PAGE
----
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Saturday, 30 November 2013


US military forces operating in China air zone

nescafe ais - 23:26

US military chiefs insist they can not modification their operations despite a move by China to scramble fighter jets to monitor American and Japanese aircraft in Beijing's newly declared air defence zone.

China flew warplanes into its air defence identification zone (ADIZ) on Friday, Chinese state media said,

nearly per week when it announced the zone, that covers islands at the centre of a dispute between Beijing and Tokyo, raising regional tensions.

The Xinhua report indicated that Japan and the United States are continuing to disregard China's demands that aircraft submit flight plans when traversing the realm in the East China Ocean or face unspecified "defensive emergency measures".

"We have flights routinely transiting international airspace throughout the Pacific, as well as the area China is as well as in their ADIZ," Pentagon spokesman Colonel Steve Warren said on Friday.

"These flights are in keeping with long-standing and well-known US freedom of navigation policies that are applied in many areas of operation around the planet. I can ensure that the US has and can continue to operate in the world as normal."

Chinese air force spokesman Shen Jinke earlier said many combat aircraft were scrambled to "verify the identities" of US and Japanese aircraft coming into the air defence zone, in keeping with Xinhua.

The Chinese planes, that included at least 2 fighter jets, identified two US surveillance aircraft and 10 Japanese aircraft together with an F-15 warplane, Shen said.

The United States, South Korea, Japan and alternative countries have accused Beijing of accelerating regional tensions with its new air defence zone.

Japan and South Korea each said Thursday they had disregarded the ADIZ, showing a united front once US B-52 bombers additionally entered the area.

Chinese media decision for 'timely countermeasures'

But Beijing is facing considerable internal pressure to say itself. China's state media called Friday for "timely countermeasures while not hesitation" if Japan violates the zone.

Washington has security alliances with each Tokyo and Seoul, and analysts say that neither China nor Japan -- the planet's second and third-biggest economies, and major trading partners of each alternative -- want to have interaction in armed conflict.

The Global Times newspaper, which usually takes a more nationalistic tone than China's government, said in a piece of writing Friday: "We ought to do timely countermeasures without hesitation against Japan when it challenges China's newly declared ADIZ."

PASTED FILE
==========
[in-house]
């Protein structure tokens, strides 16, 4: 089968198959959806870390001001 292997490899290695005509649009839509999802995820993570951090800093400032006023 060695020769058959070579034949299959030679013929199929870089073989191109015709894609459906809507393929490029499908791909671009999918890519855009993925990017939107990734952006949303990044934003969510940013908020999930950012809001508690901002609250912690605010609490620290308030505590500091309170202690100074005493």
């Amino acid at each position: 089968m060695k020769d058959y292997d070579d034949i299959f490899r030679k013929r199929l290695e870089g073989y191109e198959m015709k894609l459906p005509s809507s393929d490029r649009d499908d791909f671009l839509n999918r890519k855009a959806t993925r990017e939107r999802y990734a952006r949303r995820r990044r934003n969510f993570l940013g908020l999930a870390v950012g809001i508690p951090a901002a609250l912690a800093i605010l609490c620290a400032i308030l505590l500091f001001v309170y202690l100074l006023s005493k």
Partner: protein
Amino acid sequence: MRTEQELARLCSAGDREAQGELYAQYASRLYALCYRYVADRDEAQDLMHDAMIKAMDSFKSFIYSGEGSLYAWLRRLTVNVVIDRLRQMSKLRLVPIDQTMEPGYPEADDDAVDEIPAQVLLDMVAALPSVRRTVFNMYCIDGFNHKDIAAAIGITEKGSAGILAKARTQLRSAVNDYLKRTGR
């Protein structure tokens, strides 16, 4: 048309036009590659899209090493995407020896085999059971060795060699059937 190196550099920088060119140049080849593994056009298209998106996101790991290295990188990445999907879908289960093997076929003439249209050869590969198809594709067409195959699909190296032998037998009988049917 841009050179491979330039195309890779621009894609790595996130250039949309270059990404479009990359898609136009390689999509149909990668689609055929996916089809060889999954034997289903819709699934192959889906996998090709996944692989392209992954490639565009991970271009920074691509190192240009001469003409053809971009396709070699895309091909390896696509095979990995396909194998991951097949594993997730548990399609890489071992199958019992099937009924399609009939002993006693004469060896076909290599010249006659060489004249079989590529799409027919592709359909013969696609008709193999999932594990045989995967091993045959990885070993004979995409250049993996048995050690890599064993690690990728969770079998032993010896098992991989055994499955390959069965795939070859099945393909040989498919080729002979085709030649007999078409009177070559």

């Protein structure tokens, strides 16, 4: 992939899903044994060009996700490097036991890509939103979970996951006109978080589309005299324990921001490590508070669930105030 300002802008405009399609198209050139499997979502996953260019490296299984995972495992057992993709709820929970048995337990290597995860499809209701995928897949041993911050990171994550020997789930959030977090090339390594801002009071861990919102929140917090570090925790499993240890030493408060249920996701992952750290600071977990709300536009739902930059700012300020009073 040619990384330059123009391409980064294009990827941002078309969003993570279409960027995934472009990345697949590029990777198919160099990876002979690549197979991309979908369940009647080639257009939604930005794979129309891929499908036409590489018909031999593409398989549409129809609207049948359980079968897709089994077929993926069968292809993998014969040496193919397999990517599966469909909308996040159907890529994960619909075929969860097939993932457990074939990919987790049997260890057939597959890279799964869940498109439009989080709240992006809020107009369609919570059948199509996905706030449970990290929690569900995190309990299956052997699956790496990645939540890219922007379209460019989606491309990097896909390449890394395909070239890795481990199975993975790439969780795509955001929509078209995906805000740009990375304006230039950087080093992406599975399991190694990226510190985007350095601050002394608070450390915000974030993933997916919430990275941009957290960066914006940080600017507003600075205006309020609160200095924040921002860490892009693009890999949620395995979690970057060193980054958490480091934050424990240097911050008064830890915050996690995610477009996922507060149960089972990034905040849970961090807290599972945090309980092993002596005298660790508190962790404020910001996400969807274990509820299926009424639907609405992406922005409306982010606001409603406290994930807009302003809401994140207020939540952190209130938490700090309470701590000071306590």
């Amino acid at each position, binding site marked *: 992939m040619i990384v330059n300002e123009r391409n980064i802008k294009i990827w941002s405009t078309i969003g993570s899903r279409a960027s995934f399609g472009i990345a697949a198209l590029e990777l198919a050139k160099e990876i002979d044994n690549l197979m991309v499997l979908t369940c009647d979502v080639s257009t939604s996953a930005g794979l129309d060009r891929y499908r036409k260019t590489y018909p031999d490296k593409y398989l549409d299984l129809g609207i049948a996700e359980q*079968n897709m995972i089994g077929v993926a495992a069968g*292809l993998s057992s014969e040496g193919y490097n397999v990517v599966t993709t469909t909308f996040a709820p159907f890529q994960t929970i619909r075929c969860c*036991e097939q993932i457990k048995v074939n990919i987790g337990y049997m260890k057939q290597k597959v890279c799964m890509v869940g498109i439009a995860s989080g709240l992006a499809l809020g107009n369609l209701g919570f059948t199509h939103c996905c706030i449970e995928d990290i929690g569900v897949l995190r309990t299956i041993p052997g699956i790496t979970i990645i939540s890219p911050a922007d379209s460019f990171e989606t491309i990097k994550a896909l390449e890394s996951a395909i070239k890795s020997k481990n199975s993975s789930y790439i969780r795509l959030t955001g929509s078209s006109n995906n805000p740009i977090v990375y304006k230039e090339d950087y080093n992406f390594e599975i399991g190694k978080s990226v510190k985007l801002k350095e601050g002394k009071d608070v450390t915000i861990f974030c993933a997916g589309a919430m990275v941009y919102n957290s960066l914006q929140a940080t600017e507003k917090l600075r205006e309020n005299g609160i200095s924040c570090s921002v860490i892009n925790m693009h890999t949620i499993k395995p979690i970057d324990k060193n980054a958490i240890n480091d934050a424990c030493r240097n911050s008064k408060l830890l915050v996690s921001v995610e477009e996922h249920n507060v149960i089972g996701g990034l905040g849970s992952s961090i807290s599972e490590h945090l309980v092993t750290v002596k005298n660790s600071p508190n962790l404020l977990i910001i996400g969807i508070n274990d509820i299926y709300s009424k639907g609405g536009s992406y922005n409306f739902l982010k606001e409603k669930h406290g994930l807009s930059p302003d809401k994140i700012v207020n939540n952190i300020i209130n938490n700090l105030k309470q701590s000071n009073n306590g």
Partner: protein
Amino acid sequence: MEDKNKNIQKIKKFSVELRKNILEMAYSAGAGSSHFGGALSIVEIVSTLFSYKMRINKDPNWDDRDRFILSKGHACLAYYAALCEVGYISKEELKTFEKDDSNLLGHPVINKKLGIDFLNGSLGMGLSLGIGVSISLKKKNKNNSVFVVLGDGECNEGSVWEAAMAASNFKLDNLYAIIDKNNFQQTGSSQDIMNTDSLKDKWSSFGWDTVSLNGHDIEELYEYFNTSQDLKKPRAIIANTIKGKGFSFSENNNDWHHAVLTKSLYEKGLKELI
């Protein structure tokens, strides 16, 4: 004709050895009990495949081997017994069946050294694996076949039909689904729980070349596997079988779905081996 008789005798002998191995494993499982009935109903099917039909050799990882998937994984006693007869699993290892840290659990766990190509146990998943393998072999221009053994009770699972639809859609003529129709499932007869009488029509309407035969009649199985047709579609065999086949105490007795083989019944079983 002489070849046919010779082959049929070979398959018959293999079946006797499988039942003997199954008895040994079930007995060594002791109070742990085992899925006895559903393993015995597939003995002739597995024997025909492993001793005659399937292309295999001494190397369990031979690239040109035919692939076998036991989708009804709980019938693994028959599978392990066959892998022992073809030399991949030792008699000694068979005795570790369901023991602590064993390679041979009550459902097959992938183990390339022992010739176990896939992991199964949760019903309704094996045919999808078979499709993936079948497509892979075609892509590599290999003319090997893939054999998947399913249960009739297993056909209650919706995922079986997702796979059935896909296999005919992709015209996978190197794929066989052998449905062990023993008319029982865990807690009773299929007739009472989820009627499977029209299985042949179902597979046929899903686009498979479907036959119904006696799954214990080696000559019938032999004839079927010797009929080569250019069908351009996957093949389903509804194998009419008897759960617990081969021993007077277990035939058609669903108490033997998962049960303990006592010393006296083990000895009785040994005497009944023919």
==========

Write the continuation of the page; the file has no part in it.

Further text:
The paper, that is close to the ruling Communist party, said: "We tend to are willing to interact in a very protracted confrontation with Japan."

But it shied removed from threatening Washington, which sent large Stratofortress bombers inside the zone, issuing an unmistakable message.

"If the US will not go too way, we can not target it in safeguarding our air defence zone," the paper said.

The Communist party seeks to bolster its public support by tapping into deep-seated resentment of Japan for its brutal invasion of the country in the Thirties.

Such passions are easily ignited, and posters on Chinese social media networks have urged Beijing to act.

China's rules covering the zone need aircraft to supply their flight set up, declare their nationality and maintain two-manner radio communication -- or face unspecified "defensive emergency measures".

Both Japan and Washington have ADIZs of their own, and China accuses them of double standards, though China's zone includes a rock that's disputed between Beijing and Seoul, in addition to islands controlled by Japan and claimed by China.

Japan denies that there's a dispute over the islands, and Chief Cabinet Secretary Yoshihide Suga declined Friday to be drawn on reports that a Chinese envoy had steered fitting a mechanism to prevent mid-air incidents.

"Our country's principle is that we tend to will assert our position firmly in an exceedingly stern but calm manner," Suga said. "And we have a tendency to keep the window of dialogue open."

The Yomiuri Shimbun reported that the United States and Japan planned to boost military cooperation in the world, with Tokyo permanently stationing E-2C early-warning planes in Okinawa, and US Global Hawk unmanned drones expected to be operated from Japan soon.

The European Union added its voice to the criticism of the zone on Friday, with its top foreign affairs official Catherine Ashton saying it "contributes to raising tensions in the region".

At a daily briefing Chinese foreign ministry spokesman Qin Gang dismissed her remarks, saying: "Ms Ashton knows that at intervals the EU, some countries have ADIZs, thus I don't recognize if that means the case in Europe is obtaining a lot of tense."

US Vice President Joe Biden is visiting the region next week, and administration officers said that while in Beijing he can raise Washington's considerations about the ADIZ, and China's assertiveness towards its neighbours.

The Philippines has voiced concern that China might extend control of air house over disputed areas of the South China Sea, where the two nations have a separate territorial dispute



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